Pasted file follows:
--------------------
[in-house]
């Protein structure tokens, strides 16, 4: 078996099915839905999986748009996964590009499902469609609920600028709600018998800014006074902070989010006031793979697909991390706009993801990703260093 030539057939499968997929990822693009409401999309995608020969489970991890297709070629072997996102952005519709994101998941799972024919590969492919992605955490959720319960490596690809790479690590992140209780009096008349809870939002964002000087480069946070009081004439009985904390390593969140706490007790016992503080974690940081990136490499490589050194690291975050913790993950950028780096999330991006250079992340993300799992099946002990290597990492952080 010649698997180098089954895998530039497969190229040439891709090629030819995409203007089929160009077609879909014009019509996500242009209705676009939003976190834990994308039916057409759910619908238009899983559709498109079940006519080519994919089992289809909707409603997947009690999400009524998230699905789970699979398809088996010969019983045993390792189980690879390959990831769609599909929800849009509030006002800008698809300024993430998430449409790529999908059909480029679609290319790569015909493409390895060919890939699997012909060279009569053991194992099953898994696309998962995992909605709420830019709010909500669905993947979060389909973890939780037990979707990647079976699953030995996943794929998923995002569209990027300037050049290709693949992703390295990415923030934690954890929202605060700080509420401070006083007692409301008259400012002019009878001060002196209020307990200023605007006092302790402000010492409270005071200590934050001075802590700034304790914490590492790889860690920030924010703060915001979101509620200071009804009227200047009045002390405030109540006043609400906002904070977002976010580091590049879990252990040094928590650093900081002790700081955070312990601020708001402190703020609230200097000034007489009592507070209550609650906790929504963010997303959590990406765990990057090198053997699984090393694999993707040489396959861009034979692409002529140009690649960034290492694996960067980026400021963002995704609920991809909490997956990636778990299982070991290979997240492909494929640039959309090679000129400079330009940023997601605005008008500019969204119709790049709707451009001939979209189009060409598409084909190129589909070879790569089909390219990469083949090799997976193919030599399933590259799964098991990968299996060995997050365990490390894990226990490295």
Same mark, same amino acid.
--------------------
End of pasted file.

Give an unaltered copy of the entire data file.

[in-house]
């Protein structure tokens, strides 16, 4: 078996099915839905999986748009996964590009499902469609609920600028709600018998800014006074902070989010006031793979697909991390706009993801990703260093 030539057939499968997929990822693009409401999309995608020969489970991890297709070629072997996102952005519709994101998941799972024919590969492919992605955490959720319960490596690809790479690590992140209780009096008349809870939002964002000087480069946070009081004439009985904390390593969140706490007790016992503080974690940081990136490499490589050194690291975050913790993950950028780096999330991006250079992340993300799992099946002990290597990492952080 010649698997180098089954895998530039497969190229040439891709090629030819995409203007089929160009077609879909014009019509996500242009209705676009939003976190834990994308039916057409759910619908238009899983559709498109079940006519080519994919089992289809909707409603997947009690999400009524998230699905789970699979398809088996010969019983045993390792189980690879390959990831769609599909929800849009509030006002800008698809300024993430998430449409790529999908059909480029679609290319790569015909493409390895060919890939699997012909060279009569053991194992099953898994696309998962995992909605709420830019709010909500669905993947979060389909973890939780037990979707990647079976699953030995996943794929998923995002569209990027300037050049290709693949992703390295990415923030934690954890929202605060700080509420401070006083007692409301008259400012002019009878001060002196209020307990200023605007006092302790402000010492409270005071200590934050001075802590700034304790914490590492790889860690920030924010703060915001979101509620200071009804009227200047009045002390405030109540006043609400906002904070977002976010580091590049879990252990040094928590650093900081002790700081955070312990601020708001402190703020609230200097000034007489009592507070209550609650906790929504963010997303959590990406765990990057090198053997699984090393694999993707040489396959861009034979692409002529140009690649960034290492694996960067980026400021963002995704609920991809909490997956990636778990299982070991290979997240492909494929640039959309090679000129400079330009940023997601605005008008500019969204119709790049709707451009001939979209189009060409598409084909190129589909070879790569089909390219990469083949090799997976193919030599399933590259799964098991990968299996060995997050365990490390894990226990490295």
Same mark, same amino acid.